An article in Psychology Today states that you are more creative if you don't allow your mind to roam free. That's counter-intuitive to say the least, but research indicates this to be the case. After all, Science Fiction writers describe alien life forms as similarly humanoid with remarkable consistency. The article mentions work presented in the book Creativity from Constraints: The Psychology of Breakthrough, suggesting that certain types of constraints promote novel thinking and innovation. Without these constraints, we tend to fall back to past examples, and the variability of our creations are limited. Constraints can rule out specific solutions that have worked before, and foster novel approaches.
This ties back to business, technology and innovation. Without a constrained environment, in a mythical world where all possible solutions were available, you will tend to pick an approach with which you're most comfortable or familiar. While this could result in success (assuming the same conditions for success exist with the new and previous situation), it will not result in a breakthrough. I've seen entrepreneurs fail because they apply the same patterns they used successfully in the past to a new challenge. The presence of constraints is no guarantee for creativity, and creativity is no guarantee for success, but those who support and invest in entrepreneurs often use creativity as an indicator of potential success. They chastise those whose ideas are overly-constrained without realizing that constraint is at the core of creativity. Alas, there are different kinds of constraints.
As innovators, we must learn to embrace constraints. We must be cognizant of the constrained environment in which we operate and explore the full range of possibilities within that field of play. Sometimes you only have 17 syllables to express the wonder of a sunset or the crisp air of a winter morning. Sometimes the limitations you feel are crushing your creativity and suppressing your best work are in fact providing you the opportunity of a lifetime.
Friday, September 02, 2011
Over ten years ago, my colleagues and I at Kenamea had some ideas about lightweight desktop apps and event-driven communication models that would allow them to interact with other apps over the internet. Here are some of the considerations that shaped our thinking.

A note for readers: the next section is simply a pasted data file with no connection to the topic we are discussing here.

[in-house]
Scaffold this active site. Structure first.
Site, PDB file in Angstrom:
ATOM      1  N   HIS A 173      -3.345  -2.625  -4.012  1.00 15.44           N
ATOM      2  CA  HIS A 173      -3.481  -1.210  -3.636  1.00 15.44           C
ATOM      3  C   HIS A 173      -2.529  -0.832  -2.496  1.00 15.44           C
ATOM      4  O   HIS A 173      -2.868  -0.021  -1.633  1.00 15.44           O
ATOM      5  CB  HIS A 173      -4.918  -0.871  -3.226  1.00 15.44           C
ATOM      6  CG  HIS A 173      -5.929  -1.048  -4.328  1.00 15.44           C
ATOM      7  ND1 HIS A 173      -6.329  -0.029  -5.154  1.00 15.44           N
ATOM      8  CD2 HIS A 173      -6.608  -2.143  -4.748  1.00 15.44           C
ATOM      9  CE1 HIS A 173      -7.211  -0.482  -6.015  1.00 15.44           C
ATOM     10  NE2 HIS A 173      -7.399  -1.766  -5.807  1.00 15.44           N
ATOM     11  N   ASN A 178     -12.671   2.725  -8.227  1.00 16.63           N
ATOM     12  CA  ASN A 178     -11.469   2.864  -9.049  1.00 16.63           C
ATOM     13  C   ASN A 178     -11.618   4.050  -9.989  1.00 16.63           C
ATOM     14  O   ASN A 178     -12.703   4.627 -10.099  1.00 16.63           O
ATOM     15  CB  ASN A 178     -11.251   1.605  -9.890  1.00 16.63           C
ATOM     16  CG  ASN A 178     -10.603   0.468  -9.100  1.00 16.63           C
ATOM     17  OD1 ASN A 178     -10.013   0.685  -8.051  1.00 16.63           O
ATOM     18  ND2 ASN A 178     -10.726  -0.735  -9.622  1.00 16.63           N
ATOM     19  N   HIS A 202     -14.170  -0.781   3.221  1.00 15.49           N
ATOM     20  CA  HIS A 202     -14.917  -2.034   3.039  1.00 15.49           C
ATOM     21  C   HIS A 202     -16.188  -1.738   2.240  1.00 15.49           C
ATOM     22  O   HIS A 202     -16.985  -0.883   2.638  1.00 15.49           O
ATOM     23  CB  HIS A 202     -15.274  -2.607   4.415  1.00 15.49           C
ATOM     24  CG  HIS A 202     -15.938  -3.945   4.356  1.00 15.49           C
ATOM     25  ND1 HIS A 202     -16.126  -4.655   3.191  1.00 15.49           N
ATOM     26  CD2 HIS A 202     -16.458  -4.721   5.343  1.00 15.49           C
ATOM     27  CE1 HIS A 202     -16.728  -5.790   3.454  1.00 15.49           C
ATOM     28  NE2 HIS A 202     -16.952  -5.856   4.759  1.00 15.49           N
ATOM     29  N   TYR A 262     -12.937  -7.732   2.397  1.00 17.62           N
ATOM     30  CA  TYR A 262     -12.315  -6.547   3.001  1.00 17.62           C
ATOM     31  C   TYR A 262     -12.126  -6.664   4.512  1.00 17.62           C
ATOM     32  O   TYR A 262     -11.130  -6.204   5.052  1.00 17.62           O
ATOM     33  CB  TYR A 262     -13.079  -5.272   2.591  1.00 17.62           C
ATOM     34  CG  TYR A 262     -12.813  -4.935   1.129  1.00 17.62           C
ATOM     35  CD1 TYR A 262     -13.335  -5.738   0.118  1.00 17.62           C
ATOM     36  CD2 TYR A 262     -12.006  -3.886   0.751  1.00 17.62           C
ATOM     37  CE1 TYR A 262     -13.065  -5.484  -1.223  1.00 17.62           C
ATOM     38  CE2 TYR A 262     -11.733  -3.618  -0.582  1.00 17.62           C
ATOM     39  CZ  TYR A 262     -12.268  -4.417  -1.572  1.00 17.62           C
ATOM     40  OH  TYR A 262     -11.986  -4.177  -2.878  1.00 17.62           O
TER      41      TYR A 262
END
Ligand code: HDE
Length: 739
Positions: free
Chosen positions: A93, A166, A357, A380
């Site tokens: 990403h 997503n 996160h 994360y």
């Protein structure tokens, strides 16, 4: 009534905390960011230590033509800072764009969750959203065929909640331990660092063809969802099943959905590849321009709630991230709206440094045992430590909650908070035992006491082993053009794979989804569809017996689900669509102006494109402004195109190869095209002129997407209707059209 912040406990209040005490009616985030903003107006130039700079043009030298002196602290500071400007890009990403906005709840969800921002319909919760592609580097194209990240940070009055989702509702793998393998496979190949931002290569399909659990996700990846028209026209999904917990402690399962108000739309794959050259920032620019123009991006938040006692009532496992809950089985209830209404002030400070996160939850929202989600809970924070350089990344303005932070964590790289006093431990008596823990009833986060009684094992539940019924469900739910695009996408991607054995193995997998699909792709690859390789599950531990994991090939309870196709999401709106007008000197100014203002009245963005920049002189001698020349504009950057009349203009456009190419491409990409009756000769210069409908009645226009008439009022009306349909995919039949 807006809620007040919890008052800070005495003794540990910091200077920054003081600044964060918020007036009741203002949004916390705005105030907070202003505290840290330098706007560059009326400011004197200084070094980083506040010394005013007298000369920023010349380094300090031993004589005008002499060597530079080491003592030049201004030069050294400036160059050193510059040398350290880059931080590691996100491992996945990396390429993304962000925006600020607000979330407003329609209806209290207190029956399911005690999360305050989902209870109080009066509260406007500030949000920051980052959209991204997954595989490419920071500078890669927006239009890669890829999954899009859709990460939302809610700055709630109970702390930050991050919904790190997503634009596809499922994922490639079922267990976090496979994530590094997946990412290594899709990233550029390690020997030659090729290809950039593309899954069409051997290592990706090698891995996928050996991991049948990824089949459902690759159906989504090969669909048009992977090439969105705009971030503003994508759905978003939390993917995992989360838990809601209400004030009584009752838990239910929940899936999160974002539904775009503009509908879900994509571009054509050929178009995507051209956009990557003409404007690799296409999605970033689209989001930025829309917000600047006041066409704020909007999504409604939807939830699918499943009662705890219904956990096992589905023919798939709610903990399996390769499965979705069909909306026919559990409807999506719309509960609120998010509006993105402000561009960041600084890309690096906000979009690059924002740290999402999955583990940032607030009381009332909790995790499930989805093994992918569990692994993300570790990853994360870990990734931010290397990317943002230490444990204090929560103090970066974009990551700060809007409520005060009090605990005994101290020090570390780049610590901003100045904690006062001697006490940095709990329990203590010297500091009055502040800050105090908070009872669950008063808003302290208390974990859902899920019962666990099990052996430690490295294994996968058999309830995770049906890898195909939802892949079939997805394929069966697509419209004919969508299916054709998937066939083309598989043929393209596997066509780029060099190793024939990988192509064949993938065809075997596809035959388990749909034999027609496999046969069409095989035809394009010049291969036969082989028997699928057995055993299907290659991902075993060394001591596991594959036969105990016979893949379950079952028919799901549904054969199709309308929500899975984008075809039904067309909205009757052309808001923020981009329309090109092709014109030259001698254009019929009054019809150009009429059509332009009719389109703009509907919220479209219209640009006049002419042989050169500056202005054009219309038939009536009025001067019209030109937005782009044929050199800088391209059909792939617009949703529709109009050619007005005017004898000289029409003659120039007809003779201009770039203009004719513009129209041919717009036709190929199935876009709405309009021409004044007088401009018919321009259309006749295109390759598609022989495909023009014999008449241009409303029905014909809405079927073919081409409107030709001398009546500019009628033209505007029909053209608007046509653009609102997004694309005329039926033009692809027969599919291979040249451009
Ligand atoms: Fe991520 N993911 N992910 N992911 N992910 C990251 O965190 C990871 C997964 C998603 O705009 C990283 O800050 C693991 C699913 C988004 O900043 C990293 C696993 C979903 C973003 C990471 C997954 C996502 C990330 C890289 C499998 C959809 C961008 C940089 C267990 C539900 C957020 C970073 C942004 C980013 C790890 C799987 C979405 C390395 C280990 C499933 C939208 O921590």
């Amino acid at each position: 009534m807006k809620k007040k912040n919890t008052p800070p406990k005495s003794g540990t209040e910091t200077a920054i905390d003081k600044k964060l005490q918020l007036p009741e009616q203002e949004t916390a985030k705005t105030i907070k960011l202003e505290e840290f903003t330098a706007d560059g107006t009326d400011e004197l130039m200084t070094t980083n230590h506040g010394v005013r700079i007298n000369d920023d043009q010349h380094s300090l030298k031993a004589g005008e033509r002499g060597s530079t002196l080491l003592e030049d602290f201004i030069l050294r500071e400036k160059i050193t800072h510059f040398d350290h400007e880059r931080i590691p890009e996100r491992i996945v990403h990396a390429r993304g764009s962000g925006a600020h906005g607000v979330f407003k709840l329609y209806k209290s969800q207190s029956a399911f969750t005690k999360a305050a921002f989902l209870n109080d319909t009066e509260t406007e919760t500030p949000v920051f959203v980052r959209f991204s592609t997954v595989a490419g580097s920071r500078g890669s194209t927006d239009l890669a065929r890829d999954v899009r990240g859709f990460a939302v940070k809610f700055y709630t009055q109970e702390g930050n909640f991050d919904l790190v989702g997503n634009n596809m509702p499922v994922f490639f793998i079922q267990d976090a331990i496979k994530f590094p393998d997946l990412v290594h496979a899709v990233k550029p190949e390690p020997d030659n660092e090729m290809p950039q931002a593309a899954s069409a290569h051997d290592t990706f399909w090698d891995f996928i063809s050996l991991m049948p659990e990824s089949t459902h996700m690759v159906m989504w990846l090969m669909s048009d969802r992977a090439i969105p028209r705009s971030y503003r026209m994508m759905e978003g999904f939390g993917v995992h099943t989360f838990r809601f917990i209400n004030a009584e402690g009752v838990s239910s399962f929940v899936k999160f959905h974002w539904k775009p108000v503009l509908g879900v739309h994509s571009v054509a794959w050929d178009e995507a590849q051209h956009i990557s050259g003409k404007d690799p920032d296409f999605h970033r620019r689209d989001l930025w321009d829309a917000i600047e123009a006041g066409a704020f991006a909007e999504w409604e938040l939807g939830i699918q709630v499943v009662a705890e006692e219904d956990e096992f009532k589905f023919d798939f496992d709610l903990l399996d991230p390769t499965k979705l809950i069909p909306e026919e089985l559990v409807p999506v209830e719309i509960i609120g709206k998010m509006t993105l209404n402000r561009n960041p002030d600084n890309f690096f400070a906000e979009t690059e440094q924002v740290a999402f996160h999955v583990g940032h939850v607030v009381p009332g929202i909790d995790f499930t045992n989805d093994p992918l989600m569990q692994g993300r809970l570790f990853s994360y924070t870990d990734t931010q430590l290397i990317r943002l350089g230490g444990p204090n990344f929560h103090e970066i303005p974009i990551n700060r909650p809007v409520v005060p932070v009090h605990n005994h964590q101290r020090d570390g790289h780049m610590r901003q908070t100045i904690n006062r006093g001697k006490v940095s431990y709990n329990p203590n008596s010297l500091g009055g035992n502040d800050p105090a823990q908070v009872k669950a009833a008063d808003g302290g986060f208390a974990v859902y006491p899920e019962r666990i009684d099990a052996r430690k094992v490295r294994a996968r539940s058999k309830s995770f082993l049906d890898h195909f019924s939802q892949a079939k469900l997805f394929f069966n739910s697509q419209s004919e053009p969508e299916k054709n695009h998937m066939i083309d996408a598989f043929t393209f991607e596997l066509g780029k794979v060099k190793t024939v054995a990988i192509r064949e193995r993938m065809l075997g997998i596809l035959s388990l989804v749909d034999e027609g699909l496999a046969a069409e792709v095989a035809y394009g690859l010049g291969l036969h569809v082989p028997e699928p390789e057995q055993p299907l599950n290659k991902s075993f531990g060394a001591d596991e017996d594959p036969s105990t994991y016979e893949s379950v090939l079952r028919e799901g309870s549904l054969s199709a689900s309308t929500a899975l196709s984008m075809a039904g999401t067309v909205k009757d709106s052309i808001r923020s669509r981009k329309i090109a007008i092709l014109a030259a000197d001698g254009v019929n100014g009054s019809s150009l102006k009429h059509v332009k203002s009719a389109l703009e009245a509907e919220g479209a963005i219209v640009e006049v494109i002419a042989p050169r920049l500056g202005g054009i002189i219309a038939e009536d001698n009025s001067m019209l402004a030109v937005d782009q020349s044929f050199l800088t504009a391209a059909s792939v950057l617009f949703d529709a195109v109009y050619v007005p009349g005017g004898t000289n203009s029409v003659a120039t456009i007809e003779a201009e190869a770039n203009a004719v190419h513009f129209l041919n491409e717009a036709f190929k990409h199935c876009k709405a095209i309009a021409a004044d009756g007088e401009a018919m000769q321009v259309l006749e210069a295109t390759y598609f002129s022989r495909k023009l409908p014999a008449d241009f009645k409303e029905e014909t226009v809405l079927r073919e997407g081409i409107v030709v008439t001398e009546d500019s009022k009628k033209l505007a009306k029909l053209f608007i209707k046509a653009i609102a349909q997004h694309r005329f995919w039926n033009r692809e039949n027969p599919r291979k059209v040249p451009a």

- To enable truly interactive applications that communicate with other instances of themselves and other applications/services on the internet, the request/response model of the web is insufficient. We need a reliable messaging infrastructure that provides event-driven communication (i.e. apps that can send and receive messages asynchronously), but do so in a way compatible with the protocols and scale of the web.
- One reason web apps succeed is because they are more-or-less client-agnostic (browser compatibility not withstanding), and issues about version control and updates are virtually non-existent.
- Web apps often use a lot of bandwidth re-delivering UI elements that don't change from page to page. I'm not talking about graphical assets that get cached by the browser, I'm talking about web servers resending page markup containing new data when really only the data has changed. A more efficient model for interactive apps is to only send new data to the client, and let client-side logic implement how that data is presented in the UI.
- To be really useful, networked applications should continue to work, albeit in a limited capacity, when there is no network connection. Web applications typically fail in this regard.
- Particularly in conjunction with the above, and to enable store-and-forward messaging, applications need to have non-trivial local persistence. An application-scoped local store of key/value pairs can go a long way to building really interesting client-side apps.
- A facility for installing, registering, and updating apps. Once installed, the app instance is registered with the messaging platform so it can send and receive both point-to-point and topic-based messages. App updates are delivered as system messages, and the client-side framework manages the installation and data migration seamlessly.
I think there's still plenty of room for innovation in this area. Many of the concerns we had in 1999 about interactive, distributed applications are even more valid in the world of connected mobile devices. There is still a need for services such as:
- an easily accessible, internet scalable, bandwidth-friendly messaging infrastructure,
- a robust client-side app framework that provides store-and-forward messaging, app version management, and offline functionality,
- a programming model that promotes bi-directional data exchange between applications and client-side control of presentation (vs. page-oriented request/response).
I can't help but think about how the lessons we learned building a desktop-oriented app framework back then could be applied to the eerily similar mobile app environments of today.